Passover 2014: the Jewish festival explained

Passover is one of the most important celebrations in Judaism

As sundown on Monday evening marks the beginning of Passover, we answer some frequently asked questions on one of the most important festivals in the Jewish year.

What does the festival celebrate?

During Passover, Jewish people remember how Moses freed Israelites who were enslaved by the Egyptian Pharaohs over 3,000 years ago.

According to the story relayed in the Book of Exodus, Chapter 12, in the Torah, Moses called for the Pharoah to free the Israelites, and warned that if he failed to do so Egypt would be hit by terrible plagues of: blood, frogs, gnats, flies, blight of the livestock, boils, hail, locusts, darkness and the death of every first-born male in Egypt.

Why is it called Passover?

When the Pharoah refused to free the slaves and ignored the other plagues, God set about killing ever first-born male in Egypt. God warned Moses that to protect their first-born sons, the Israelites should mark their doors with lamb’s blood so God would know to ‘pass over’ their houses and spare them from the plague.

A Jewish man carries baked Matzoth on 24 March in southern Israeli village of Komemiyut near the Israeli town of Kiryat Gat. A Jewish man carries baked Matzoth on 24 March in southern Israeli village of Komemiyut near the Israeli town of Kiryat Gat.
What do Jewish people eat and drink?

One of the main foods eaten over Passover is unleavened bread called Matzah. It is said that when the Pharaoh finally freed the slaves, the Israelites were made to leave so quickly that they did not have time to let their bread rise, and took flat bread instead.

It is also traditionally viewed as the bread of the poor, and is symbolically consumed to remind followers of their ancestors' hardships.

To commence a week of complex dietary restrictions, family and friends gather for the Seder meal served on a special ceremonial dish. Eaten in a symbolic, the dinner includes a lamb bone, a roasted egg, a green vegetable to dip in salt water, bitter herbs made from horseradish and a paste made of chopped apples, walnuts and wine called Charoset.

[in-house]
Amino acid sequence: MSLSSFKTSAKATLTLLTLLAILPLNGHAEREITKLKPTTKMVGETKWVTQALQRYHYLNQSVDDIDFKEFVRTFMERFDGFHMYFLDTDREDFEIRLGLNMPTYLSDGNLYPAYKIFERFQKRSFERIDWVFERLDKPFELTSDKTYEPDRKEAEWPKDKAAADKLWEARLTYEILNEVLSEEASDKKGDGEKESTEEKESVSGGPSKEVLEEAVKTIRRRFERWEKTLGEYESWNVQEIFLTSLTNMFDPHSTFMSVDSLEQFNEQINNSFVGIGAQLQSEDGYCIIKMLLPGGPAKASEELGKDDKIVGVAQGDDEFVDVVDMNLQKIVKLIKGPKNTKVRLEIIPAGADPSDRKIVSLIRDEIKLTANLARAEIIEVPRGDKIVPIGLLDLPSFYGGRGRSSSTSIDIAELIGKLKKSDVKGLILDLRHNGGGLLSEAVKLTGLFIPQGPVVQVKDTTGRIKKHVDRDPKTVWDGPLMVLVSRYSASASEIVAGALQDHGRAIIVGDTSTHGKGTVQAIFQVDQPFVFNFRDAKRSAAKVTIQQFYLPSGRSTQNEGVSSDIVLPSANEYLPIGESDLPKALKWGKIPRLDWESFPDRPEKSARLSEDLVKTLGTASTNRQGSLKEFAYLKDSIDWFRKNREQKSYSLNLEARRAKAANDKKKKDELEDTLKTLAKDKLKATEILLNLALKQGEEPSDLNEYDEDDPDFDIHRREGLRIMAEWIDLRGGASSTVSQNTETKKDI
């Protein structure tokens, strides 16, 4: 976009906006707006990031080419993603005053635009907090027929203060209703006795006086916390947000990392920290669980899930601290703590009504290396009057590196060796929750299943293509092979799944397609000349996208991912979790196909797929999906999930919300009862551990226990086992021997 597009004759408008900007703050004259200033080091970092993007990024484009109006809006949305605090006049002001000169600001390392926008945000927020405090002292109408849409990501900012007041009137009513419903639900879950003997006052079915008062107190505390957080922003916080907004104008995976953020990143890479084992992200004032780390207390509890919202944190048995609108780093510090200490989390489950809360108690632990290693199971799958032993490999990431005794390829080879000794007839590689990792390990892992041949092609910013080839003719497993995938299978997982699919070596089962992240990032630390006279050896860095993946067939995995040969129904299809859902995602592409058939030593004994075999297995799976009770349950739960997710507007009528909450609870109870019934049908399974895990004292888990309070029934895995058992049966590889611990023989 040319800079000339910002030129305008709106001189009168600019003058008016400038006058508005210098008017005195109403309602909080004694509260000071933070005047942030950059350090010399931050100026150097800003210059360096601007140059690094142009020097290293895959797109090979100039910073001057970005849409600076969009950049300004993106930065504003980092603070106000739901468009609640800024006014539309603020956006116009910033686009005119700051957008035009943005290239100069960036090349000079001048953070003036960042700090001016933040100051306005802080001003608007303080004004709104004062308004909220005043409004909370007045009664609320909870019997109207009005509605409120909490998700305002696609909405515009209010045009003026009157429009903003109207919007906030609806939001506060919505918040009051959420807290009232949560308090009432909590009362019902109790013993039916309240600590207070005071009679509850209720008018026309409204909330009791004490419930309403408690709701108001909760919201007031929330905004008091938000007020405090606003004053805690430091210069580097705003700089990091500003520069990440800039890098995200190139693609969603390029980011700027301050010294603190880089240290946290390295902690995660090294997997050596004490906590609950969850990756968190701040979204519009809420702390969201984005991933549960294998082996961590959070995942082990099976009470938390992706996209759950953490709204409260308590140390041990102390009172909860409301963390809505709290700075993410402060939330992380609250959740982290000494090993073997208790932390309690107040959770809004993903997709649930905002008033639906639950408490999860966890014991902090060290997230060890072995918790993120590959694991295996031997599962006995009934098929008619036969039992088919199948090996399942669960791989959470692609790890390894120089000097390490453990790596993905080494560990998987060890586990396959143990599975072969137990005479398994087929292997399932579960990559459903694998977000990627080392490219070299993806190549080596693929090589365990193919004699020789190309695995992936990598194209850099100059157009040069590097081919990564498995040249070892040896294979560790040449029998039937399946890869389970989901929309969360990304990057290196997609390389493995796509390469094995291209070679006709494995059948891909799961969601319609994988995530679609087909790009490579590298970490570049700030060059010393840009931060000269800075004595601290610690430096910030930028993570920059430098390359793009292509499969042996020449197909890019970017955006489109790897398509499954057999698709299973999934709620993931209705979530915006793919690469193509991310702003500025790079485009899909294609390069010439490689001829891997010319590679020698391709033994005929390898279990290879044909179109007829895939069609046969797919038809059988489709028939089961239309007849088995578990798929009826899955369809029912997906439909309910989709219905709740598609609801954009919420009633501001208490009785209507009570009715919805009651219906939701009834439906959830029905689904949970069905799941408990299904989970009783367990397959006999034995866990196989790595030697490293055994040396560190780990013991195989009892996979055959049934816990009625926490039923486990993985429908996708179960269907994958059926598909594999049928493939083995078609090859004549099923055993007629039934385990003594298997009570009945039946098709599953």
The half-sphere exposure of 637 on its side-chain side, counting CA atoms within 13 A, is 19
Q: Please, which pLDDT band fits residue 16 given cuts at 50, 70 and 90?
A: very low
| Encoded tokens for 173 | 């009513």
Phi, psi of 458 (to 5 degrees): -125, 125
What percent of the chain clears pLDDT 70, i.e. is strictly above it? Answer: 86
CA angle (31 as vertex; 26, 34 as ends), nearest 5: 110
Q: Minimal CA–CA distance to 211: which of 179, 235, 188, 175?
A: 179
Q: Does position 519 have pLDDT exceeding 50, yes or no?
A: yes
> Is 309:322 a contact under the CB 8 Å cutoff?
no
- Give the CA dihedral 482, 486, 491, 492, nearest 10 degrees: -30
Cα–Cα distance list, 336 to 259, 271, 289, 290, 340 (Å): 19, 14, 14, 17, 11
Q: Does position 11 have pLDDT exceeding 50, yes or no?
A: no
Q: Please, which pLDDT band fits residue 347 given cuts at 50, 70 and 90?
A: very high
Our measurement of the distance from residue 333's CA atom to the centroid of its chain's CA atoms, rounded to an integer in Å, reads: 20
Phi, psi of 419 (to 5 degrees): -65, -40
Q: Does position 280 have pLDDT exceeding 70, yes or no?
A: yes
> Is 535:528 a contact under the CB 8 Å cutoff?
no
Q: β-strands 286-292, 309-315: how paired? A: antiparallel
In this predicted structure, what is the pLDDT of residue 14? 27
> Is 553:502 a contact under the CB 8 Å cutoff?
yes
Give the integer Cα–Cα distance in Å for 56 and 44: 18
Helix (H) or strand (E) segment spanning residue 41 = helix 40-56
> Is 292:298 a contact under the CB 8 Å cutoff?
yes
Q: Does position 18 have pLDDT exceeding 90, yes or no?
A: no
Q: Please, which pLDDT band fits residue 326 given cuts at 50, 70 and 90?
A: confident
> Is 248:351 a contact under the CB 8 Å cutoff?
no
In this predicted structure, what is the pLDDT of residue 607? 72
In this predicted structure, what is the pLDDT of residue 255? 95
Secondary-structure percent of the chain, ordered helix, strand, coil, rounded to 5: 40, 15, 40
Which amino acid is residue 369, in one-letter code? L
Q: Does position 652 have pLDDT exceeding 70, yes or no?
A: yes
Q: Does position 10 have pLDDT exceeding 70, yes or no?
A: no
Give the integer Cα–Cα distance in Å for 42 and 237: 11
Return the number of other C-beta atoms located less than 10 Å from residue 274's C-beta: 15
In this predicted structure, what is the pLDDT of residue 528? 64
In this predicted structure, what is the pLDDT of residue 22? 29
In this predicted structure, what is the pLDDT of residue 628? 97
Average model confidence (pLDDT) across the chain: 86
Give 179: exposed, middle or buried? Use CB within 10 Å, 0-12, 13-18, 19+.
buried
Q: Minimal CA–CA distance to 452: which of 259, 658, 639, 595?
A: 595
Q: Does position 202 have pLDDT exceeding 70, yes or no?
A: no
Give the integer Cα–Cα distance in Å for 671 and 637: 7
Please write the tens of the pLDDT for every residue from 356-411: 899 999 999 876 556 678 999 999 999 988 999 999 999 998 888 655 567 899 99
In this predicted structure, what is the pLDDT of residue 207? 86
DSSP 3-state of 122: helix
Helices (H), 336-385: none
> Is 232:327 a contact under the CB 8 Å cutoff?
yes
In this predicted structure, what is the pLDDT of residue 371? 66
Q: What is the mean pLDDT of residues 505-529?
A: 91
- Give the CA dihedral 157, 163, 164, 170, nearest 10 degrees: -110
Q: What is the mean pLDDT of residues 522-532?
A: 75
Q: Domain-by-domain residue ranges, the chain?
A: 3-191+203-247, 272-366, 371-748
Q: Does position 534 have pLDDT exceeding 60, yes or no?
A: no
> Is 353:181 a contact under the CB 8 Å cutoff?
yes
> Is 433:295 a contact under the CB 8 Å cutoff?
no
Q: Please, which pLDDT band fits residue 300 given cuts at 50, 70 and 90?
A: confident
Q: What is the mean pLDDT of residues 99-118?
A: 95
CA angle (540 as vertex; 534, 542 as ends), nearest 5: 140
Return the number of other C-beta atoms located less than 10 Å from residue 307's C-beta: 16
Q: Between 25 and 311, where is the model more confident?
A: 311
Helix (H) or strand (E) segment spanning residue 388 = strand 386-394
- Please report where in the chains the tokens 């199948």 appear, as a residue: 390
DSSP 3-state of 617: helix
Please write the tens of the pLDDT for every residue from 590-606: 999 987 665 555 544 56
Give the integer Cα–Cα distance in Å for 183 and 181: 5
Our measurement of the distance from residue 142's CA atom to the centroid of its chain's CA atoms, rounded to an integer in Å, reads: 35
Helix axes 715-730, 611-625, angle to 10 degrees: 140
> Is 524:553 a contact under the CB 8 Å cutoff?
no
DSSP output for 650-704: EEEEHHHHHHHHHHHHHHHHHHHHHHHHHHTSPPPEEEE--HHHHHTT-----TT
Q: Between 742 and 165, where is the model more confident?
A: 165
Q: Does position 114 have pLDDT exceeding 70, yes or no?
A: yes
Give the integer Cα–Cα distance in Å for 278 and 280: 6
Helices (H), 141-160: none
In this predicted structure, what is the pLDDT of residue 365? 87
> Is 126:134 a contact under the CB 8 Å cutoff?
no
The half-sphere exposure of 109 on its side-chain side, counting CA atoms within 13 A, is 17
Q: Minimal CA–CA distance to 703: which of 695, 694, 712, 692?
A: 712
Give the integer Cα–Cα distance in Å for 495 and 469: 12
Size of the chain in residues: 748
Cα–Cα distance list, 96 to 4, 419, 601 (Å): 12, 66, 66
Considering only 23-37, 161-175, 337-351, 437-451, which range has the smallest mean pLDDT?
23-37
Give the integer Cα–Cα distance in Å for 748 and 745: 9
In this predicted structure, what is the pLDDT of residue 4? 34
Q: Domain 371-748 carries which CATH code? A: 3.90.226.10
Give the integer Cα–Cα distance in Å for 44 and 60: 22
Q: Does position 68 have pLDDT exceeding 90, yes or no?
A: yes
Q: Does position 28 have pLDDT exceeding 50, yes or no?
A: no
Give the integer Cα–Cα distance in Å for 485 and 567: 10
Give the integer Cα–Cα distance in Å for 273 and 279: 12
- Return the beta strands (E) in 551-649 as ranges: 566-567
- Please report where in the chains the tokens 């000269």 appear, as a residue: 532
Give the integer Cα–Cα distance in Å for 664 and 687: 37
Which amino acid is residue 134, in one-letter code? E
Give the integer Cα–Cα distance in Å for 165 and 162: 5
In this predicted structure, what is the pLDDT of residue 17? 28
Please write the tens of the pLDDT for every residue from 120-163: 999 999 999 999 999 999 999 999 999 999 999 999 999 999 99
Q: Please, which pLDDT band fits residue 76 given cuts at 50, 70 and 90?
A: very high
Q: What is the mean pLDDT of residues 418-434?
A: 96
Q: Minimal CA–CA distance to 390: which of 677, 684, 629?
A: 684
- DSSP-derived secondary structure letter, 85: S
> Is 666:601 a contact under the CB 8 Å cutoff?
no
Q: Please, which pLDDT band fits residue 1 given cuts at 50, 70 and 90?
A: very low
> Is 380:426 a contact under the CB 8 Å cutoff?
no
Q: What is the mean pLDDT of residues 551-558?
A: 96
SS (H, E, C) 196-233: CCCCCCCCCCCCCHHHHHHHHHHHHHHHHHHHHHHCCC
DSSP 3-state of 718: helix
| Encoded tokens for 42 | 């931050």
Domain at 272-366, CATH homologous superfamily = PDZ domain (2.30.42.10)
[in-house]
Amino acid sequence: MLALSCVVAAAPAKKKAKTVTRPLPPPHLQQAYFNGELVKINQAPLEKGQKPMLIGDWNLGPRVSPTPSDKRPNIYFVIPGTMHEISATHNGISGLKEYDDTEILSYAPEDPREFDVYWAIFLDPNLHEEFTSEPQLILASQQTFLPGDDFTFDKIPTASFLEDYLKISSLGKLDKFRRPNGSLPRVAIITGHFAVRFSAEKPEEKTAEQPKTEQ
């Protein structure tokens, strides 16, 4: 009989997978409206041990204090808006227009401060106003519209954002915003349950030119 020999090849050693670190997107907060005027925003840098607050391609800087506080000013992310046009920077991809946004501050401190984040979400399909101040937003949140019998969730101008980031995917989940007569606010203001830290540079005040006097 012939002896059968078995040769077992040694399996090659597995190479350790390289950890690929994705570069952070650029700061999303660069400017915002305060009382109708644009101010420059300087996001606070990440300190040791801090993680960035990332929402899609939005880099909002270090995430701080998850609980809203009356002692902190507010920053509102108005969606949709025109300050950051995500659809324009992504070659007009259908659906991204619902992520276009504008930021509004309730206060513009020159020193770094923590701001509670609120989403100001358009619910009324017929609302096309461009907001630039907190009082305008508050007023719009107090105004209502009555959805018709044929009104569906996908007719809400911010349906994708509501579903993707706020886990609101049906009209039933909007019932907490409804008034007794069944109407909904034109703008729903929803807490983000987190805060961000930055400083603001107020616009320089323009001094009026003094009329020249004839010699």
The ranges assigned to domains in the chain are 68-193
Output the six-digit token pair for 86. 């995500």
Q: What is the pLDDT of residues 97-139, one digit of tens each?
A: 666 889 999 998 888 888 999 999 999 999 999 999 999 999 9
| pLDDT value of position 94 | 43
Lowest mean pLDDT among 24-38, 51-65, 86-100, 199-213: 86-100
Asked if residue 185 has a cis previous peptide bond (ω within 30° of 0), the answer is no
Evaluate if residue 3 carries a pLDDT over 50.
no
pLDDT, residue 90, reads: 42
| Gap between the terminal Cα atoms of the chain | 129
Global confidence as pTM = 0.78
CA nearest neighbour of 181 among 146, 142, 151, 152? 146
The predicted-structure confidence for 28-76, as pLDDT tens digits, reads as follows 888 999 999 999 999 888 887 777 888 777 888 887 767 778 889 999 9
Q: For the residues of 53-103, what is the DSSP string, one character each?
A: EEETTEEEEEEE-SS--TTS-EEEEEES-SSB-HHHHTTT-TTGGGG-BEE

At the start of the dinner, three Matzot are laid on top of each other and the middle Matzah is broken and the largest piece is hidden. Adults then hide this piece. The children then hunt to find the bread, and the winner receives a prize.

The meal is accompanied by four small glasses of wines symbolising joy, happiness and the freedom of the Israelites. One glass is left by an open door to welcome the prophet Elijah, who Jewish people believe will return to announce the coming of the Messiah at the end of Passover.

As the evening winds on, friends and family lean on cushions – a reminder that they are no longer enslaved – and take turns to read and listen to the story of how the Israelites fled from Egypt from a book called the Haggadah, meaning narration.

Rabbi Efraim Katz leads a community Passover Seder at Beth Israel synagogue in Miami Beach, Florida. Rabbi Efraim Katz leads a community Passover Seder at Beth Israel synagogue in Miami Beach, Florida.
How do Jewish people prepare?

As leavened goods like bread cooked with wheat, rye, barley, oats and spelt and items made from yeast such as beer are banned during the holiday, the weeks leading up to Passover are spent cleaning. Every nook and cranny is scrubbed to get rid of even the tiniest forbidden crumb that might lurk there.

What other rituals are involved?

On the first and last days of the holiday, followers are not allowed to work. The week sees a number of other feasts, including the second Seder which these year falls on Tuesday. Jewish people also generally drink a glass of wine each day after the second day of passover.

Moshiach's Feast, beginning before sunset and continuing until after nightfall, concludes the festival. The meal anticipates the arrival of the Messiah, stared on the first day of Passover when a glass of wine is left out for Elijah.

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